STEM program guides Kodiak student from middle school to college

A science, technology, engineering, and math program geared towards Alaska Native students has guided one Kodiak local through both middle school and high school. And now, he’s off to college.

The Alaska Native Science and Engineering Program, or ANSEP, encourage its students to enter STEM careers.

Kris Hill-McLaughlin and 26 other recent high school graduates participated this summer in Alaska Native Science and Engineering Program's Bridge program on the University of Alaska Anchorage campus. In ANSEP students are encouraged to enter science, technology, engineering and math careers. (Photo by Kayla Desroches/KMXT)

Kris Hill-McLaughlin and 26 other recent high school graduates participated this summer in Alaska Native Science and Engineering Program’s Bridge program on the University of Alaska Anchorage campus. In ANSEP students are encouraged to enter science, technology, engineering and math careers. (Photo by Kayla Desroches/KMXT)

Kris Hill-McLaughlin says his own ambitions fall on the engineering side. He says he’s has been with ANSEP since 6th grade. He’s now 19.

This summer he participated alongside 26 other recent high school graduates in ANSEP’s Bridge program on the University of Alaska Anchorage campus.

While there, he interned with the ExxonMobil Corporation and took a college-level trigonometry course.

“The classes themselves are pretty intense because they’re condensing a whole semester class into three weeks, so you have to be really motivated and focused to accomplish that class.”

He had the chance to talk with current UAA students said while in Anchorage.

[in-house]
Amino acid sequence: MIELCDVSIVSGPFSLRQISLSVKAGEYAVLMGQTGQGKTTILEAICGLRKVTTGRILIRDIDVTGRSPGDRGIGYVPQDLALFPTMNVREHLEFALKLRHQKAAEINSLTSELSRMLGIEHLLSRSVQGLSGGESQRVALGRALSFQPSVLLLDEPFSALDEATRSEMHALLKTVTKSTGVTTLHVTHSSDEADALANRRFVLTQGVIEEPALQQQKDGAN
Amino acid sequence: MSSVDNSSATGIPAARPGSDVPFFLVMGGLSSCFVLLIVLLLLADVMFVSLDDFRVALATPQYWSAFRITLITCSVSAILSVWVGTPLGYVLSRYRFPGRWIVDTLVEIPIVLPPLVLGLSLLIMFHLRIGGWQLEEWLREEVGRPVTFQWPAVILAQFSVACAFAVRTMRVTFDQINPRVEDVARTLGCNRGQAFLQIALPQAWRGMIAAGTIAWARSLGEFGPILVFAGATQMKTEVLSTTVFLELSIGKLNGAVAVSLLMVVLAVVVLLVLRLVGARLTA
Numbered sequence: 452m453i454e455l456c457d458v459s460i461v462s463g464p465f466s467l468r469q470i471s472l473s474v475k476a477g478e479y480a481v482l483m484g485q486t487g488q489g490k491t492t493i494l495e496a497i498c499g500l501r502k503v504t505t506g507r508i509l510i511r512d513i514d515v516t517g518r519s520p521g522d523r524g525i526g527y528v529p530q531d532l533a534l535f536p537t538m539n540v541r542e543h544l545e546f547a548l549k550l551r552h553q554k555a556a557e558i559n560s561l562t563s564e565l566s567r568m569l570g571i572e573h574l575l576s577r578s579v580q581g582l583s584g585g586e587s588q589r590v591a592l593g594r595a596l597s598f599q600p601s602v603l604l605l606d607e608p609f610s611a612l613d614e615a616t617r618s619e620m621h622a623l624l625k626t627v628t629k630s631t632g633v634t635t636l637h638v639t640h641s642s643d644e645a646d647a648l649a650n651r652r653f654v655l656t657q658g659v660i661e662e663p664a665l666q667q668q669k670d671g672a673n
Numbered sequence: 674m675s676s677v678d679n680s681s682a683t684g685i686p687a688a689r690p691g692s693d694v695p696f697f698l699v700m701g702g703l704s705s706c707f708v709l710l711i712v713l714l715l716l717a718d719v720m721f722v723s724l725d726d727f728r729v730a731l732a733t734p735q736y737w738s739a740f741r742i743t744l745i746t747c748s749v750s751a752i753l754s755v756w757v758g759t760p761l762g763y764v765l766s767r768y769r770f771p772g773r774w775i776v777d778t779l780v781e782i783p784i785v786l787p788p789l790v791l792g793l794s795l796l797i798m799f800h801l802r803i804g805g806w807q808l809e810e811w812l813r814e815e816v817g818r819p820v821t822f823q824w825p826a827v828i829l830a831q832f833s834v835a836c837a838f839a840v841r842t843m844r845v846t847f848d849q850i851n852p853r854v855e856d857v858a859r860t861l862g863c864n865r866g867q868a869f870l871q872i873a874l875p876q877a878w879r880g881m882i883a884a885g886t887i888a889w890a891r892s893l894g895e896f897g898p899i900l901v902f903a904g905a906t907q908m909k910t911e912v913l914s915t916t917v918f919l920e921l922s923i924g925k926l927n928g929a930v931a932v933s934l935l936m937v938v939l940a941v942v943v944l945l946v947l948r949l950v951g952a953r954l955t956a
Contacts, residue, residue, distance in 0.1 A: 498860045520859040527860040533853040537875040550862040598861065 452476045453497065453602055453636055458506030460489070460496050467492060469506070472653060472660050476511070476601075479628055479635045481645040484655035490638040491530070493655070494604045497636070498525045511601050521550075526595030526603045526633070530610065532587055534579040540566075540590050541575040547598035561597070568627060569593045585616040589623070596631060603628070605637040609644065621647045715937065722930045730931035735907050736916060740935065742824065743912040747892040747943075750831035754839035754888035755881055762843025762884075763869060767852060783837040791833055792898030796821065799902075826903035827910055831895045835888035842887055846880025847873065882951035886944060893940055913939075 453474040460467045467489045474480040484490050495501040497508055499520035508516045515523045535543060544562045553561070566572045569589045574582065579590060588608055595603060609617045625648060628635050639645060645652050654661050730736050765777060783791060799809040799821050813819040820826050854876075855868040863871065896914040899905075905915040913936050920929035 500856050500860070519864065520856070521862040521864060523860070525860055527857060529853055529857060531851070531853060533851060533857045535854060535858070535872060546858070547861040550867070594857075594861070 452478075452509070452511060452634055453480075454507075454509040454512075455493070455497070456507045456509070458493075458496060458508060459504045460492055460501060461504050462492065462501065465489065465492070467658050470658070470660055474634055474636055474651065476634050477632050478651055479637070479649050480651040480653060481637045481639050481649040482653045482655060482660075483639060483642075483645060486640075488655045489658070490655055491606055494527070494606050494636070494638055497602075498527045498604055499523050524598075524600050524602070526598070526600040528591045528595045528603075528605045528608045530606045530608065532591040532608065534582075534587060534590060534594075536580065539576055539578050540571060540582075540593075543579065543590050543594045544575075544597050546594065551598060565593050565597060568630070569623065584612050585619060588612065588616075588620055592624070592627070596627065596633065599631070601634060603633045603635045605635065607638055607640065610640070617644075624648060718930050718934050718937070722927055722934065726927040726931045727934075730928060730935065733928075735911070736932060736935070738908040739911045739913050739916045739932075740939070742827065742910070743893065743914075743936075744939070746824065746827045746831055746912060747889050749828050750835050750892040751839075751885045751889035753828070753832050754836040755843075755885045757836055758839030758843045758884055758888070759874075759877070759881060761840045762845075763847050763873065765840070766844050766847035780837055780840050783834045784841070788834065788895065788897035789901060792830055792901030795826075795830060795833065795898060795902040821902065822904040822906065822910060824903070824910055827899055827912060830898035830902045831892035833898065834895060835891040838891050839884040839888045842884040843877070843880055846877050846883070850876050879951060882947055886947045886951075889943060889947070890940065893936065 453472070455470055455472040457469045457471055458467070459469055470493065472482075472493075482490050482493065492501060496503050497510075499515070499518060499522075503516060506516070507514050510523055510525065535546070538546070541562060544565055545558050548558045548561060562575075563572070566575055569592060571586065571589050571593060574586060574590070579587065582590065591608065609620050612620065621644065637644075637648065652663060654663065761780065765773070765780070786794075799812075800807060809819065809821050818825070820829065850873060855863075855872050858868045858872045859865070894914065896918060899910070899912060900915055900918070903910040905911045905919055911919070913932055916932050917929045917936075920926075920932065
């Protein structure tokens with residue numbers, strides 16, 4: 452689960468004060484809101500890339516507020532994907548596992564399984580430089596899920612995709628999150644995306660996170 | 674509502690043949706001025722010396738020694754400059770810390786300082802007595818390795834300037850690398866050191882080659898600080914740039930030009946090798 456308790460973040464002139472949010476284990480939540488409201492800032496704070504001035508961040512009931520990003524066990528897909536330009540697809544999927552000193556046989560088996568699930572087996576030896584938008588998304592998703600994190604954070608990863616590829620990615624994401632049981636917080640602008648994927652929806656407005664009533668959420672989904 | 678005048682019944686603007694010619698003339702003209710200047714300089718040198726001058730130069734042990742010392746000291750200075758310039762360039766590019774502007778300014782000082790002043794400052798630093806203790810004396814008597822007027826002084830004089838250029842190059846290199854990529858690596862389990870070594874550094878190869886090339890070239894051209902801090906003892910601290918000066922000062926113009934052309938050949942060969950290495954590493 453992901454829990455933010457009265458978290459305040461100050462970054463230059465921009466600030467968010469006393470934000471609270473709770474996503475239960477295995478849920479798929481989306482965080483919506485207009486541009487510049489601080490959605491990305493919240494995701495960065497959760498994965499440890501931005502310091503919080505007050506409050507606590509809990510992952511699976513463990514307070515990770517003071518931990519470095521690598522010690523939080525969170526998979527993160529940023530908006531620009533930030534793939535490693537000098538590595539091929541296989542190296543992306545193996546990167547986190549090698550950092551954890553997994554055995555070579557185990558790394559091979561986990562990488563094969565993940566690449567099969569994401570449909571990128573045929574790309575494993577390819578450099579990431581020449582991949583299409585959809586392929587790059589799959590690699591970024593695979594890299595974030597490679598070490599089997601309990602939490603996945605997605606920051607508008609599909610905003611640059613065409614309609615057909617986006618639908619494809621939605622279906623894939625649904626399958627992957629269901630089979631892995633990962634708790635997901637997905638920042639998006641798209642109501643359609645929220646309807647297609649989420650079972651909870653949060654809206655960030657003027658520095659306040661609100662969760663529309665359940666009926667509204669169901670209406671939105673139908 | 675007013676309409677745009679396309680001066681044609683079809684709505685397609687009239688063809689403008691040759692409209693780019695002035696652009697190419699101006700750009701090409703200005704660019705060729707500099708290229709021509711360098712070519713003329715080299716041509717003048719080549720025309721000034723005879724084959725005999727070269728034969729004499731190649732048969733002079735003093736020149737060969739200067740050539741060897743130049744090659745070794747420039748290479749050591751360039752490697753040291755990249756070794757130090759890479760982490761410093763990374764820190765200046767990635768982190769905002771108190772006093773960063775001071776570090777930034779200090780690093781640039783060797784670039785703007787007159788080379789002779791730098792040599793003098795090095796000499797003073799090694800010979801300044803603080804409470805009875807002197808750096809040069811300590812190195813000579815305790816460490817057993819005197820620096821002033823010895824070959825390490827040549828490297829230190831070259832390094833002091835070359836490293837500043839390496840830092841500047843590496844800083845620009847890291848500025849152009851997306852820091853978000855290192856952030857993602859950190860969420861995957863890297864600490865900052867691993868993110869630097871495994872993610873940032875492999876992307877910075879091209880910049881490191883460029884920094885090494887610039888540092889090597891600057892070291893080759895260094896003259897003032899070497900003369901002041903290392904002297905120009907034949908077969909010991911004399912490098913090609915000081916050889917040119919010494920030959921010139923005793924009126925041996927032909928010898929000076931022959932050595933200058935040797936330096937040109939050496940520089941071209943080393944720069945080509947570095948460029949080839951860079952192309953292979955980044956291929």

“They’re youth mentors if you will. They help you out with classes, they help you out with college life in general,” he said. “You can also ask them questions, and you learn a lot from just talking to them.”

The program offers students the chance to live on campus and meet others with similar interests.

Hill-McLaughlin appreciated the chance to hang out and interact with other students, because he says he’s a little shy and not used to being social.

“Some of the other students in the program had that problem as well,” he said. “Because where they go they’re usually isolated too. There’s not a lot of people in a small area for some places around Alaska.”

Other students in the program come from communities such as Bethel, Palmer, Dillingham and Unalakleet.

The next time Hill-McLaughlin stays on the Anchorage campus, it’ll be as a student. He’s enrolling at UAA to study mechanical engineering.

ANSEP continues to offer its students support through their college years, he said.

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